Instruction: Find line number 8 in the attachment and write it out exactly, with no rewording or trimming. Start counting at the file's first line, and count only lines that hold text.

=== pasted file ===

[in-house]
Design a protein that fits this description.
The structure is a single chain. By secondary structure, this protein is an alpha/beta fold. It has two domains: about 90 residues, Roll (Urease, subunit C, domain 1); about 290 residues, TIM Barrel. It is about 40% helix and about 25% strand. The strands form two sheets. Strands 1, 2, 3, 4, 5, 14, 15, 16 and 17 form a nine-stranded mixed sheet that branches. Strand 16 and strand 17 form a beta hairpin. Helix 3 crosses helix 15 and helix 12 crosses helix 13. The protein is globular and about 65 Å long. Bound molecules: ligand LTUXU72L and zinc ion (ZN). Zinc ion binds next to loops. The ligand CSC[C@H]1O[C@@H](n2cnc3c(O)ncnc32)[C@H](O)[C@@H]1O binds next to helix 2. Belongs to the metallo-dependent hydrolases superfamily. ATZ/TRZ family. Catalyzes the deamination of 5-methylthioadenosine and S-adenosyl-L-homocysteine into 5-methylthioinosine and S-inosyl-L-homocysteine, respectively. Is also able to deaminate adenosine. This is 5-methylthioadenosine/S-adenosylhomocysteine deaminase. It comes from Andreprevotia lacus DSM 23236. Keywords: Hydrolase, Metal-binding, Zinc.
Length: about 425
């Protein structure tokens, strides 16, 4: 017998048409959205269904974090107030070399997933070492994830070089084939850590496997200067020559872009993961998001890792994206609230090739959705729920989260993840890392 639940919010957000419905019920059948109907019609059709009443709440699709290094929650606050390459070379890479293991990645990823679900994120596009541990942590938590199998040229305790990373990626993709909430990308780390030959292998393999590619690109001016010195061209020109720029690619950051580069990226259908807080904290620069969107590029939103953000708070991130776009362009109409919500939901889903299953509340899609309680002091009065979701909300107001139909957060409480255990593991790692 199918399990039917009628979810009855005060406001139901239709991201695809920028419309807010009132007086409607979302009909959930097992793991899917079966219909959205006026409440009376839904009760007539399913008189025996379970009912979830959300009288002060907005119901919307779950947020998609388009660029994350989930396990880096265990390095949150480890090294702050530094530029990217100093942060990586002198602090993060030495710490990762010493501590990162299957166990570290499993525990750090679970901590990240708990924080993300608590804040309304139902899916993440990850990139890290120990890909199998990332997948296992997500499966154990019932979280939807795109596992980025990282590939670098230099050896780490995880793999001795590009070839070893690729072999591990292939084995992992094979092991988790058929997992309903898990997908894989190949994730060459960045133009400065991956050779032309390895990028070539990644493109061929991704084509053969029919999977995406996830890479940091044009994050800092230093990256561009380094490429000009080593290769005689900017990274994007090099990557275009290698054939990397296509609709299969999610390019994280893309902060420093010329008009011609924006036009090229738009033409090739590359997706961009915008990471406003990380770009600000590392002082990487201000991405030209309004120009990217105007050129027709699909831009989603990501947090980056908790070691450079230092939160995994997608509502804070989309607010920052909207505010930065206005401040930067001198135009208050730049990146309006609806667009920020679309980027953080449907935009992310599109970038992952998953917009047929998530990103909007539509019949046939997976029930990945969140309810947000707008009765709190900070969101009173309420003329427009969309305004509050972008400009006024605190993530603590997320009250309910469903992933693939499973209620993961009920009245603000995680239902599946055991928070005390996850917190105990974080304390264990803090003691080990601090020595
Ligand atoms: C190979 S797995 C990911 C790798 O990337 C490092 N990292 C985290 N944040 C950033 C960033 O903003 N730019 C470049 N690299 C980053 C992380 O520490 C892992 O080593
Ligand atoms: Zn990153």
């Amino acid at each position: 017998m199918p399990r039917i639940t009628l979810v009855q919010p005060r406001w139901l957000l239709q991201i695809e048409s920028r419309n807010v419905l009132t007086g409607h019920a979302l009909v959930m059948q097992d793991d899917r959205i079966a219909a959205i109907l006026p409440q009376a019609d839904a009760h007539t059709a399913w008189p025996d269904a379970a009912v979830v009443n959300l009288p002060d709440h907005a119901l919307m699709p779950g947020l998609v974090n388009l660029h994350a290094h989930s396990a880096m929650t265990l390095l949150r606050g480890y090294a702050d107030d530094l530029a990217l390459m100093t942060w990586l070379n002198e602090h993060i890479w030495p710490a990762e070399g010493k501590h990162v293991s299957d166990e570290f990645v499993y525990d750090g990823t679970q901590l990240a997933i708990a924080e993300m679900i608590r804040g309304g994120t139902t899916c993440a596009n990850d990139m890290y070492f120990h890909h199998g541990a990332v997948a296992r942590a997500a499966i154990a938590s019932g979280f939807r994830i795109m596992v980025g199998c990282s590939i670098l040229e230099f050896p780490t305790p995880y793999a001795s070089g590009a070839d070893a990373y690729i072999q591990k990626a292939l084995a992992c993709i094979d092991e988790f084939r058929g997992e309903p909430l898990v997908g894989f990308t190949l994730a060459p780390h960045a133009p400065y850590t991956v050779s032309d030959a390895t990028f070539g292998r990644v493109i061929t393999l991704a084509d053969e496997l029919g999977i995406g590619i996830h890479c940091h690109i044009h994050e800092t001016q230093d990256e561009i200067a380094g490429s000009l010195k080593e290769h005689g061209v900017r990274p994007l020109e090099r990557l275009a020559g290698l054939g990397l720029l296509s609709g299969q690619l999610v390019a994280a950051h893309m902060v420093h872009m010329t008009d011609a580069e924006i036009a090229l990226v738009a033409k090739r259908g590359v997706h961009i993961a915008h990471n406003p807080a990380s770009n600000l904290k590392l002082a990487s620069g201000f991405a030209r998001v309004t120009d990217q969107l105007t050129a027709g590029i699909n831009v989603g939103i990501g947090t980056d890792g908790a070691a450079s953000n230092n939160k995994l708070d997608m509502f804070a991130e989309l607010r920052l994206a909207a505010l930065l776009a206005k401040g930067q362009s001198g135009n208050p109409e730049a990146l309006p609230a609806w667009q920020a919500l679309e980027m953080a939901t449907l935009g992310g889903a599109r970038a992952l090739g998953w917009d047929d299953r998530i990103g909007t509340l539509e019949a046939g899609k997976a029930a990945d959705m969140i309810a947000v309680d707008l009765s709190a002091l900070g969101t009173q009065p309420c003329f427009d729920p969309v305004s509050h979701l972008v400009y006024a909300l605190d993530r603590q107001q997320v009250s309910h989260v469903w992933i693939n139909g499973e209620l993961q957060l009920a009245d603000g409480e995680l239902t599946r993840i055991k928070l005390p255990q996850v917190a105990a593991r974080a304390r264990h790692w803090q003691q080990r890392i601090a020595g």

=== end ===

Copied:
């Amino acid at each position: 017998m199918p399990r039917i639940t009628l979810v009855q919010p005060r406001w139901l957000l239709q991201i695809e048409s920028r419309n807010v419905l009132t007086g409607h019920a979302l009909v959930m059948q097992d793991d899917r959205i079966a219909a959205i109907l006026p409440q009376a019609d839904a009760h007539t059709a399913w008189p025996d269904a379970a009912v979830v009443n959300l009288p002060d709440h907005a119901l919307m699709p779950g947020l998609v974090n388009l660029h994350a290094h989930s396990a880096m929650t265990l390095l949150r606050g480890y090294a702050d107030d530094l530029a990217l390459m100093t942060w990586l070379n002198e602090h993060i890479w030495p710490a990762e070399g010493k501590h990162v293991s299957d166990e570290f990645v499993y525990d750090g990823t679970q901590l990240a997933i708990a924080e993300m679900i608590r804040g309304g994120t139902t899916c993440a596009n990850d990139m890290y070492f120990h890909h199998g541990a990332v997948a296992r942590a997500a499966i154990a938590s019932g979280f939807r994830i795109m596992v980025g199998c990282s590939i670098l040229e230099f050896p780490t305790p995880y793999a001795s070089g590009a070839d070893a990373y690729i072999q591990k990626a292939l084995a992992c993709i094979d092991e988790f084939r058929g997992e309903p909430l898990v997908g894989f990308t190949l994730a060459p780390h960045a133009p400065y850590t991956v050779s032309d030959a390895t990028f070539g292998r990644v493109i061929t393999l991704a084509d053969e496997l029919g999977i995406g590619i996830h890479c940091h690109i044009h994050e800092t001016q230093d990256e561009i200067a380094g490429s000009l010195k080593e290769h005689g061209v900017r990274p994007l020109e090099r990557l275009a020559g290698l054939g990397l720029l296509s609709g299969q690619l999610v390019a994280a950051h893309m902060v420093h872009m010329t008009d011609a580069e924006i036009a090229l990226v738009a033409k090739r259908g590359v997706h961009i993961a915008h990471n406003p807080a990380s770009n600000l904290k590392l002082a990487s620069g201000f991405a030209r998001v309004t120009d990217q969107l105007t050129a027709g590029i699909n831009v989603g939103i990501g947090t980056d890792g908790a070691a450079s953000n230092n939160k995994l708070d997608m509502f804070a991130e989309l607010r920052l994206a909207a505010l930065l776009a206005k401040g930067q362009s001198g135009n208050p109409e730049a990146l309006p609230a609806w667009q920020a919500l679309e980027m953080a939901t449907l935009g992310g889903a599109r970038a992952l090739g998953w917009d047929d299953r998530i990103g909007t509340l539509e019949a046939g899609k997976a029930a990945d959705m969140i309810a947000v309680d707008l009765s709190a002091l900070g969101t009173q009065p309420c003329f427009d729920p969309v305004s509050h979701l972008v400009y006024a909300l605190d993530r603590q107001q997320v009250s309910h989260v469903w992933i693939n139909g499973e209620l993961q957060l009920a009245d603000g409480e995680l239902t599946r993840i055991k928070l005390p255990q996850v917190a105990a593991r974080a304390r264990h790692w803090q003691q080990r890392i601090a020595g």